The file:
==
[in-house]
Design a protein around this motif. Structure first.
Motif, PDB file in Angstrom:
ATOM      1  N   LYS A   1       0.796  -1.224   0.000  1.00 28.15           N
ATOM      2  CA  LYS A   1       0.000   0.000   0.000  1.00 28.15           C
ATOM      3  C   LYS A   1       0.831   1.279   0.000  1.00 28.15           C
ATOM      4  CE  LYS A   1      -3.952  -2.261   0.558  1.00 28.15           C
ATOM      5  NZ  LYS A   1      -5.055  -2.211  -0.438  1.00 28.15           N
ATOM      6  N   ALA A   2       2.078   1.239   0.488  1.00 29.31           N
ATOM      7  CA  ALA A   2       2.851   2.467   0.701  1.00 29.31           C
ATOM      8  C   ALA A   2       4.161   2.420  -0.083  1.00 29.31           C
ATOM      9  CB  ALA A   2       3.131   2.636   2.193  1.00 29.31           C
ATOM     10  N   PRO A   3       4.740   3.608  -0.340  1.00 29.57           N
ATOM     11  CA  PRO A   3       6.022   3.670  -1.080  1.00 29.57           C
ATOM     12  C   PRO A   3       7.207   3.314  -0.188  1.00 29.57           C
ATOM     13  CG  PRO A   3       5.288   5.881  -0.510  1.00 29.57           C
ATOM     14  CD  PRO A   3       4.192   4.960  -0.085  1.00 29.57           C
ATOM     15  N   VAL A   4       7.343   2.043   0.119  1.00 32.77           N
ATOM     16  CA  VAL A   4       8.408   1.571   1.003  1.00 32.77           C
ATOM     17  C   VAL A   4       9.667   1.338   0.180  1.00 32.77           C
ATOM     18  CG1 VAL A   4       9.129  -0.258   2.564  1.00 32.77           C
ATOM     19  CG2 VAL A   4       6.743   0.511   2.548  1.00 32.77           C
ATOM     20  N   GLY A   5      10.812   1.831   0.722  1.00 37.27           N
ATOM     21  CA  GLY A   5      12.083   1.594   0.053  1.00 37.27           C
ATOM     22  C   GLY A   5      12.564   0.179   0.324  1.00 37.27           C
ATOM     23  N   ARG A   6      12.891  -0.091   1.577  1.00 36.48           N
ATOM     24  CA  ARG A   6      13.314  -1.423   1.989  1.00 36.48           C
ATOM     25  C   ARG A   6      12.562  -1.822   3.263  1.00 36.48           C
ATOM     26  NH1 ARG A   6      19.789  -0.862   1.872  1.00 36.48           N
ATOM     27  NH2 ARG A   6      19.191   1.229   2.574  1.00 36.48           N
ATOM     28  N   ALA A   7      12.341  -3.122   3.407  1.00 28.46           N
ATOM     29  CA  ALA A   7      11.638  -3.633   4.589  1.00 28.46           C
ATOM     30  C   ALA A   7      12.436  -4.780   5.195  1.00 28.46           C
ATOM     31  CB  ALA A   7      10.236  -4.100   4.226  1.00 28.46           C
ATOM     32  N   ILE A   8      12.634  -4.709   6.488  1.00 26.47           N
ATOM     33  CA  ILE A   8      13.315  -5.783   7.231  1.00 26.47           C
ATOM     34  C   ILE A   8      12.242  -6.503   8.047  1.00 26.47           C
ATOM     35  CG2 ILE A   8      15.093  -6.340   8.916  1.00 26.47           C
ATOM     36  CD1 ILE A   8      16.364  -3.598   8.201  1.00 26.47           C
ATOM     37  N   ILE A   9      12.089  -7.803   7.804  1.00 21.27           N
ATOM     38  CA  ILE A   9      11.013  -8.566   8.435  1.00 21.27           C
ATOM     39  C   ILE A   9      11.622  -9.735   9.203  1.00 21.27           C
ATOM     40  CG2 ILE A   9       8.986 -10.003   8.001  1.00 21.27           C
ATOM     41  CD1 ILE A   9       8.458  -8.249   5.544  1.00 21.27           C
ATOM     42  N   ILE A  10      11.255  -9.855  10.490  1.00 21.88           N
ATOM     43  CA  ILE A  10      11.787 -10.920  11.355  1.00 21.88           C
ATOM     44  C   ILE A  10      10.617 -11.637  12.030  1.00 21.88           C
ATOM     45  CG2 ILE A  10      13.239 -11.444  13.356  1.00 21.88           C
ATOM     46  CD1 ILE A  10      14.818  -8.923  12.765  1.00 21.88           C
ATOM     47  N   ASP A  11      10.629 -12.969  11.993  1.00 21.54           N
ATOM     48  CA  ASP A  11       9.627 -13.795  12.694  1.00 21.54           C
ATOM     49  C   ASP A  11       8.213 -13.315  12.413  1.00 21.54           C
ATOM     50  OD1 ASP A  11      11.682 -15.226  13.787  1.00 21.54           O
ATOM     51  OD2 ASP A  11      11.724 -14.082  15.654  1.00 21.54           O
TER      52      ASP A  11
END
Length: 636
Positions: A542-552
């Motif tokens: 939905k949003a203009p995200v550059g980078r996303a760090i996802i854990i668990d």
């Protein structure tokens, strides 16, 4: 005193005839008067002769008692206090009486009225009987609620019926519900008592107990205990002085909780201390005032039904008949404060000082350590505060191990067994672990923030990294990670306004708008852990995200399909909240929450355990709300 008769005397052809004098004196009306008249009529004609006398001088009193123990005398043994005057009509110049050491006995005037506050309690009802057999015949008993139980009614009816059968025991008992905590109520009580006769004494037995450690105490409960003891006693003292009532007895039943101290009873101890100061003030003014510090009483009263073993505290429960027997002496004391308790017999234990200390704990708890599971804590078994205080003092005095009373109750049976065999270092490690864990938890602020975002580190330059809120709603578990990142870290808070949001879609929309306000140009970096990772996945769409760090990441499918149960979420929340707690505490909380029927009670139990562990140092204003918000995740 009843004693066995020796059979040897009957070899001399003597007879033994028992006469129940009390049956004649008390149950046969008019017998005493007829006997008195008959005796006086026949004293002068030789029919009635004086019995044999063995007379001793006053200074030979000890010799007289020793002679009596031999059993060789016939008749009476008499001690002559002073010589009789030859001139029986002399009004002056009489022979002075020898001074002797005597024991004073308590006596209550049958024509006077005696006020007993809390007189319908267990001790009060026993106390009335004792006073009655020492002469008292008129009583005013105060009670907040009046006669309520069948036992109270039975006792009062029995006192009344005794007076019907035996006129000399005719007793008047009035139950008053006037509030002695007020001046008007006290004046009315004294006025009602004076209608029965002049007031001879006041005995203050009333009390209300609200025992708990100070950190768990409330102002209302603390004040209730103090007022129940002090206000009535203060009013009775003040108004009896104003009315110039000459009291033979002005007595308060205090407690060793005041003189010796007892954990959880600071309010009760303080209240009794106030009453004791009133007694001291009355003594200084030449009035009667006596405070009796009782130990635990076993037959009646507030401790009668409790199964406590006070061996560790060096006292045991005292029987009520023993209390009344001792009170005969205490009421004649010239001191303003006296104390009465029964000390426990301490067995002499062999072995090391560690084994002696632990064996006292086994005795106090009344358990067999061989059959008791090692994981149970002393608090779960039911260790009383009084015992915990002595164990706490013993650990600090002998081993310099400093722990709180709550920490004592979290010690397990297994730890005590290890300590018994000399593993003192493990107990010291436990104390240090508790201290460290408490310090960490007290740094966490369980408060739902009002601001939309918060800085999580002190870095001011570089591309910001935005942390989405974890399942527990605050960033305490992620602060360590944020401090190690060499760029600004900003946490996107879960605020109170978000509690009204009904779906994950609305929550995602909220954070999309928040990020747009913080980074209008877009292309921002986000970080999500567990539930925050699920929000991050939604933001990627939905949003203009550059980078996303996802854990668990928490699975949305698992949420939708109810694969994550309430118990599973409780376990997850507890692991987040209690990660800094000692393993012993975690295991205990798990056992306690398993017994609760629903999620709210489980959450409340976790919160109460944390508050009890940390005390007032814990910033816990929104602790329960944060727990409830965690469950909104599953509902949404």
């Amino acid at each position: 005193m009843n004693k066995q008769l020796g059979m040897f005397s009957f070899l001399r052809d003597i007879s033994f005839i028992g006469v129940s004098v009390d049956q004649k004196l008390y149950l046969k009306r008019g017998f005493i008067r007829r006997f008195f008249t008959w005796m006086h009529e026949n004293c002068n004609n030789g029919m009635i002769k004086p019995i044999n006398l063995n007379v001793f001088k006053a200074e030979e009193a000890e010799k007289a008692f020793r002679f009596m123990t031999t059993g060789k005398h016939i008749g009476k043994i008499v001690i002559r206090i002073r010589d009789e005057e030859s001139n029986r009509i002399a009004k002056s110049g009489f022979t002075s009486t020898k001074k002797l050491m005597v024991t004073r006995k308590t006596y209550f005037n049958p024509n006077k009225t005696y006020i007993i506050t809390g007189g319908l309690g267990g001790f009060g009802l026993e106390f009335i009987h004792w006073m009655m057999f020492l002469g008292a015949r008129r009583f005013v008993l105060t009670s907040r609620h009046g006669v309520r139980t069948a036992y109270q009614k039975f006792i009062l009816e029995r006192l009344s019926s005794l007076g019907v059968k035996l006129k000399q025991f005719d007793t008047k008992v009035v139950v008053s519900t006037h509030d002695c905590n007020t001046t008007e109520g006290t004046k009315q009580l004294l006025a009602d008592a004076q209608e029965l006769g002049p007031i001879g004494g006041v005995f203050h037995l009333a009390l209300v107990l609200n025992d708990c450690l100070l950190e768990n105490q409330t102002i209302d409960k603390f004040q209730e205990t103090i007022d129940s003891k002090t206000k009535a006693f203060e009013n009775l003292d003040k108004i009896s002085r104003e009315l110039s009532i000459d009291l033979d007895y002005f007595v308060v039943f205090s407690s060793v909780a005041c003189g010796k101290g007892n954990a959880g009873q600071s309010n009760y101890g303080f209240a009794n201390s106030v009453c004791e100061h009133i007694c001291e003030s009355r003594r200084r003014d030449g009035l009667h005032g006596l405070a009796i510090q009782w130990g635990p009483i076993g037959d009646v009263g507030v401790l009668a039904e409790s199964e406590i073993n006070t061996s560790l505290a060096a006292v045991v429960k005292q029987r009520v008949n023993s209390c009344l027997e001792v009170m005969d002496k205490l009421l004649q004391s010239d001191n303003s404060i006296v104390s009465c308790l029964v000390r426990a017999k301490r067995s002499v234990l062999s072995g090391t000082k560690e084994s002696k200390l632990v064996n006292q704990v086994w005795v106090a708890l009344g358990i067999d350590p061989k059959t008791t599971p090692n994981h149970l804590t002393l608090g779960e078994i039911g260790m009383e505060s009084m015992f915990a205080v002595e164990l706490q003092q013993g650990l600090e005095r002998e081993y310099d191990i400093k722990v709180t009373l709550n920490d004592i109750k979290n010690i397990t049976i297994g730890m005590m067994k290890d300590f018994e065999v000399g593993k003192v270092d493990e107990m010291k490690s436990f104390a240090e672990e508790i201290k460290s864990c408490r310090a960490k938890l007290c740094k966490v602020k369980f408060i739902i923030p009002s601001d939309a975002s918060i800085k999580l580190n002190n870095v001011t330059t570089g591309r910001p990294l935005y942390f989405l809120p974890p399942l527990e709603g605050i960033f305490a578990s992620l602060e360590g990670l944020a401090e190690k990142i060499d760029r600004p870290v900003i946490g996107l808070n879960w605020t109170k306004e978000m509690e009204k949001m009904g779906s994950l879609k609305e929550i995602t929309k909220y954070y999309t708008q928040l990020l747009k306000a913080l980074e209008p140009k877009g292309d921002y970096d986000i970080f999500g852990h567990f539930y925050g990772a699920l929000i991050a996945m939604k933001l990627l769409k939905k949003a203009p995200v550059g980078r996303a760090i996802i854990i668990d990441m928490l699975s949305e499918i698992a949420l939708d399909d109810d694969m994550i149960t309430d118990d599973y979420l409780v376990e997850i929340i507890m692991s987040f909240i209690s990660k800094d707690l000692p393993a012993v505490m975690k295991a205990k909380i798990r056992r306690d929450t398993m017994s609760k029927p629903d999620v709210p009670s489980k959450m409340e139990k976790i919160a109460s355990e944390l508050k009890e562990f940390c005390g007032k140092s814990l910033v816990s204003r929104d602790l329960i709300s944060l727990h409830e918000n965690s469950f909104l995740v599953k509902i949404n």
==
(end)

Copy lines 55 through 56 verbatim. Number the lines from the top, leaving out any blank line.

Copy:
TER      52      ASP A  11
END